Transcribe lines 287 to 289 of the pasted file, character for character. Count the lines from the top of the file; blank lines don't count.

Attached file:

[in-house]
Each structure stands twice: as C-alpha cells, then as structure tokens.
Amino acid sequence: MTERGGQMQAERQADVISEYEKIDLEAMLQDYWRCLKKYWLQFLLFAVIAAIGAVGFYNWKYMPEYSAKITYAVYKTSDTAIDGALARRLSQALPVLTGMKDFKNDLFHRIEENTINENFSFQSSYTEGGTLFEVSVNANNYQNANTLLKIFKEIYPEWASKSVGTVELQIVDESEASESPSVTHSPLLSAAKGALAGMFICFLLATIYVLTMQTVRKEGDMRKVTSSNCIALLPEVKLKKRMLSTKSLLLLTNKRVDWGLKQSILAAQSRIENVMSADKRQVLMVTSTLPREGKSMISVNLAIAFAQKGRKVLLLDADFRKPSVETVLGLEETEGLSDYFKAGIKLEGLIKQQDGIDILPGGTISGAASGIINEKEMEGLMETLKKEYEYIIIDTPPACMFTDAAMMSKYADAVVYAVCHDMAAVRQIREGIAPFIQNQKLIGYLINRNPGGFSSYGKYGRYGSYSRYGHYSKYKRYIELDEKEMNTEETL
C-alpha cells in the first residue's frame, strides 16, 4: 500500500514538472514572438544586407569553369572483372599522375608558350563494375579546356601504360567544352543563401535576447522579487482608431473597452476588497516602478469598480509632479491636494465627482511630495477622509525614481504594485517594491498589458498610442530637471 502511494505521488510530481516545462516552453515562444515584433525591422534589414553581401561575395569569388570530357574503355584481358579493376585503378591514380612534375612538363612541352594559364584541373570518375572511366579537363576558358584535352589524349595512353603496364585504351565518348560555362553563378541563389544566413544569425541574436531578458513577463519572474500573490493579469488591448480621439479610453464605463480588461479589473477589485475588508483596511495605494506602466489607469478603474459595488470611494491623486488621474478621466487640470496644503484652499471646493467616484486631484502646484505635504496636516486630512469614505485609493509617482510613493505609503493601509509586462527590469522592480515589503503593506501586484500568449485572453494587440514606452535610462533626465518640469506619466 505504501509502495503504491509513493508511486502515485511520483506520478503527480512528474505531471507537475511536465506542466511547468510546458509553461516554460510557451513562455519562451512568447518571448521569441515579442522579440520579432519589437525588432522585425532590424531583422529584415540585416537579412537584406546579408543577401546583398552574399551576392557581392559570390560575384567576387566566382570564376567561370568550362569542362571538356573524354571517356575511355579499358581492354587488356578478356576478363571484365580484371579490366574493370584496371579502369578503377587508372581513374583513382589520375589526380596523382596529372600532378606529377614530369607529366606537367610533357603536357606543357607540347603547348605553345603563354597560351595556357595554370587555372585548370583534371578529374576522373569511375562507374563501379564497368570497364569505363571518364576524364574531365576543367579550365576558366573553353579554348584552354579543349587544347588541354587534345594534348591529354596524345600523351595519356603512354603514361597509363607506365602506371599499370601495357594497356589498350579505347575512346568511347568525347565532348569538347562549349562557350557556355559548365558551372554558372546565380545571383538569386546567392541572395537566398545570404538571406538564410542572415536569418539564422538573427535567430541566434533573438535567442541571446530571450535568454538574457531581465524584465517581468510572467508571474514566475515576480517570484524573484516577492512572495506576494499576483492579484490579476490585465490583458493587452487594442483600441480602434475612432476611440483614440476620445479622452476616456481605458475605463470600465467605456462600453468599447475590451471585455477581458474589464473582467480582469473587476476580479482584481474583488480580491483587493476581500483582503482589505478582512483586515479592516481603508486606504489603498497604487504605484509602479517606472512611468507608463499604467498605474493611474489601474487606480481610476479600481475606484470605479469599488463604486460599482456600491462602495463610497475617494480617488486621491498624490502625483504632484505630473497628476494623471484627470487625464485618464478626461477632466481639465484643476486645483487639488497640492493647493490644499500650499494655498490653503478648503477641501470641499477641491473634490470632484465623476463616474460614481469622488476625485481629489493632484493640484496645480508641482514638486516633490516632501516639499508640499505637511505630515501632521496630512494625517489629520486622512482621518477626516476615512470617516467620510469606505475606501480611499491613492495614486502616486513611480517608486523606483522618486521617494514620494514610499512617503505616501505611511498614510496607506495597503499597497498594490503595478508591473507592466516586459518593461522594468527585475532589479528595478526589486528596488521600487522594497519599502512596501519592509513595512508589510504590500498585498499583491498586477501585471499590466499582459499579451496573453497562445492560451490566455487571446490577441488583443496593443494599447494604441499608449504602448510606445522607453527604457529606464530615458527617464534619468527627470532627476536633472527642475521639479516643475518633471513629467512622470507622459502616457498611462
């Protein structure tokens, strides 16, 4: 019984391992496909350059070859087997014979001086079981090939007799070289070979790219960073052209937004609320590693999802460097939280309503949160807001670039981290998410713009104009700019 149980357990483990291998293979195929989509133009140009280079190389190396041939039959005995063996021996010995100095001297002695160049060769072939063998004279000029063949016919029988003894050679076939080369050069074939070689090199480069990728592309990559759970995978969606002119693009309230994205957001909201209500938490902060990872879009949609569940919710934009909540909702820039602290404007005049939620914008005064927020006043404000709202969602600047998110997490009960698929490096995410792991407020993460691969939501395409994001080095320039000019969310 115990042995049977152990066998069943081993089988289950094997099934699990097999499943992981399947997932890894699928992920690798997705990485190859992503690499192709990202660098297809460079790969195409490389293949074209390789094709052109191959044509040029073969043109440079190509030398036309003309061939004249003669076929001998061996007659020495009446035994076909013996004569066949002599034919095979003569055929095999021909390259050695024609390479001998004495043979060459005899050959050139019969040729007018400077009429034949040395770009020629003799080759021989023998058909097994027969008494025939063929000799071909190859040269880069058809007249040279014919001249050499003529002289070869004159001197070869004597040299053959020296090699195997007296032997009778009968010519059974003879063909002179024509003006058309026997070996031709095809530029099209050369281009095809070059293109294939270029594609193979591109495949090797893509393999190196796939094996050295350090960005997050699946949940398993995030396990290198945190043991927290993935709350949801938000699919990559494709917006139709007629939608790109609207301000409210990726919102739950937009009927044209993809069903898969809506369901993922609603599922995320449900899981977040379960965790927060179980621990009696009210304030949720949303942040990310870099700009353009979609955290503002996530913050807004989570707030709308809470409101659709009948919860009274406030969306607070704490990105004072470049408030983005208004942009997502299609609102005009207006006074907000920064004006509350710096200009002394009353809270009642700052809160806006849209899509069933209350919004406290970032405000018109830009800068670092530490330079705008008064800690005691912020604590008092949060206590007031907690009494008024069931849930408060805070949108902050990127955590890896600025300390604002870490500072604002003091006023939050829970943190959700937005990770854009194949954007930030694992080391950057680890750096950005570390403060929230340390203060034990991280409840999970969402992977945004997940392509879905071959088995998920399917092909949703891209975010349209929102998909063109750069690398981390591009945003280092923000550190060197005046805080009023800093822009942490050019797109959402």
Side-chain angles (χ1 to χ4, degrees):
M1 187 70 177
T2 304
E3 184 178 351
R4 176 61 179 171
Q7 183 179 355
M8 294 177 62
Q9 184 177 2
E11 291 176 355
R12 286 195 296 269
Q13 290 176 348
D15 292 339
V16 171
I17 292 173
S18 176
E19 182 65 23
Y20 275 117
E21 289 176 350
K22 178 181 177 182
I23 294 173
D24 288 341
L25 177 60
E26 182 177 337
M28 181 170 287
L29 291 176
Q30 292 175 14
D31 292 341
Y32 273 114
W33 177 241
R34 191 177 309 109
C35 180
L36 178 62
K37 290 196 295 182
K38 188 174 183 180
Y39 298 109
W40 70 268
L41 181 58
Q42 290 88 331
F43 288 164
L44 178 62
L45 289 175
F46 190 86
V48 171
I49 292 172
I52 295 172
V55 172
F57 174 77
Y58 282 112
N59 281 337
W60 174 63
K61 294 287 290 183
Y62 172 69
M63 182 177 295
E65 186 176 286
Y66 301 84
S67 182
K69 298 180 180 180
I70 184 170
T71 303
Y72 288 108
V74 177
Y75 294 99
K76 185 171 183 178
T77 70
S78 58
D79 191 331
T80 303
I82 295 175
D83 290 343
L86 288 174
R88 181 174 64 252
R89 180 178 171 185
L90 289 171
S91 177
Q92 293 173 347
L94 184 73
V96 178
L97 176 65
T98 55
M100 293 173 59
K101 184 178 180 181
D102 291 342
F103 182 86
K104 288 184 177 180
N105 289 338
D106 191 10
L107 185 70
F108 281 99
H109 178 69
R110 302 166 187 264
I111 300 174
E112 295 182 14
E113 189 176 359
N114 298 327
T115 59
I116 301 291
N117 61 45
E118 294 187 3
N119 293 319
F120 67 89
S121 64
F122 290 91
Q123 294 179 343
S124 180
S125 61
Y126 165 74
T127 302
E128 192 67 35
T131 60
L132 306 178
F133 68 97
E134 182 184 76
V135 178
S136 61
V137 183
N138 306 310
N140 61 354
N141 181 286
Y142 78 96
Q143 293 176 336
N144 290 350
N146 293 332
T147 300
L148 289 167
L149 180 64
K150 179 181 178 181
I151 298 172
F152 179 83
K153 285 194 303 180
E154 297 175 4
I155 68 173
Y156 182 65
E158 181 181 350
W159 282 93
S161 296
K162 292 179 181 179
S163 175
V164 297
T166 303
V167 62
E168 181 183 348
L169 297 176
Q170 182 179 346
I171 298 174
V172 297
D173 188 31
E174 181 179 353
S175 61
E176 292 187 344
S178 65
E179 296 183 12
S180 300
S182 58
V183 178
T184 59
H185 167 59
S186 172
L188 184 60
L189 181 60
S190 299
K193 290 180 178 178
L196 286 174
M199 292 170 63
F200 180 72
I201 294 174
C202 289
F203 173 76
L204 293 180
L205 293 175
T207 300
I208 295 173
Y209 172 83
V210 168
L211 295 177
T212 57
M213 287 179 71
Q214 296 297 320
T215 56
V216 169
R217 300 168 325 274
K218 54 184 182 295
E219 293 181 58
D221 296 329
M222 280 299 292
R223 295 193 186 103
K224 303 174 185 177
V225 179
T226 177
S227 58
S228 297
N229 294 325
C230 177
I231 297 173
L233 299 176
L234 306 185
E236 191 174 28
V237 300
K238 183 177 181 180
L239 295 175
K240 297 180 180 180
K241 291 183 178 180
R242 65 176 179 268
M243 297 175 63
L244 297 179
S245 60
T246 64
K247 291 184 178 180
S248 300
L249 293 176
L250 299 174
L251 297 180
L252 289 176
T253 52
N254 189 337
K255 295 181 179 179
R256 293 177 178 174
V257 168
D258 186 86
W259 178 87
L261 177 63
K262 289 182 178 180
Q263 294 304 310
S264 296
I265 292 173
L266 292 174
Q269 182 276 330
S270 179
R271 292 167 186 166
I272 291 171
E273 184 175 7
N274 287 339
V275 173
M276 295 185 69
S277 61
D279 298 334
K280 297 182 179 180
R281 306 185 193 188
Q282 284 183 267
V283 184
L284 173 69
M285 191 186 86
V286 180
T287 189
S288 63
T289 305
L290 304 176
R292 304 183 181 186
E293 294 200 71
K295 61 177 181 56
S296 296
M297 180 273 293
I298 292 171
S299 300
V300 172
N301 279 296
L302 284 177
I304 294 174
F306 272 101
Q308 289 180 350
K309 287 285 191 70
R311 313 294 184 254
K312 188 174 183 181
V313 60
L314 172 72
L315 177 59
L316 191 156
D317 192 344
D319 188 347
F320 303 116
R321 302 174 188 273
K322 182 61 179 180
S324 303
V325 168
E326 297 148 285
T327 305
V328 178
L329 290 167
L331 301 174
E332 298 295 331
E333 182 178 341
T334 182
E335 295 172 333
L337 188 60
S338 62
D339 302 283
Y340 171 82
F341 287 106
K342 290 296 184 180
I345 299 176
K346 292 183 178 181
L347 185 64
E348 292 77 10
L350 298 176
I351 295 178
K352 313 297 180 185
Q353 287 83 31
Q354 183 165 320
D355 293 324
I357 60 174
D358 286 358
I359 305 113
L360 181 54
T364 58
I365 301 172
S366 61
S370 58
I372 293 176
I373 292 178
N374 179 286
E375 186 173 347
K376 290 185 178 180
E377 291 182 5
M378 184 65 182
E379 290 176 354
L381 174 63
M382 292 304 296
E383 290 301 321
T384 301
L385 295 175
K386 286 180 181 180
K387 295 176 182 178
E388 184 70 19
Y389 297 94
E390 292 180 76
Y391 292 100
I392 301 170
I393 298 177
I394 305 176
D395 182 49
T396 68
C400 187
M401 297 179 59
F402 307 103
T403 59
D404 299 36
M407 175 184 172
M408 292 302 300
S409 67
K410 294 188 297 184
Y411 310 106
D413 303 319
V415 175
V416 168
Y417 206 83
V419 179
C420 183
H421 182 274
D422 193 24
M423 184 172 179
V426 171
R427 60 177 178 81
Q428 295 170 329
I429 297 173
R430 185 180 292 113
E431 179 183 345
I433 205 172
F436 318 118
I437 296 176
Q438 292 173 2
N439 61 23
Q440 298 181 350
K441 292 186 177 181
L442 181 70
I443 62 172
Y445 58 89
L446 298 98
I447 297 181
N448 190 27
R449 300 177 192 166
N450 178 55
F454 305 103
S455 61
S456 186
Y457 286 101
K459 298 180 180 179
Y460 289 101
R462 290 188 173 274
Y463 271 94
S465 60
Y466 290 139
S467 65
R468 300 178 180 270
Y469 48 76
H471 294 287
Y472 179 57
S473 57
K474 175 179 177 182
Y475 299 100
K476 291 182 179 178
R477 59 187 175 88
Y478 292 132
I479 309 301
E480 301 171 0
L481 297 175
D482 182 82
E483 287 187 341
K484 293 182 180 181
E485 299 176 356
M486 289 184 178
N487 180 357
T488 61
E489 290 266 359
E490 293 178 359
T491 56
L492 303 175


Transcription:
E335 295 172 333
L337 188 60
S338 62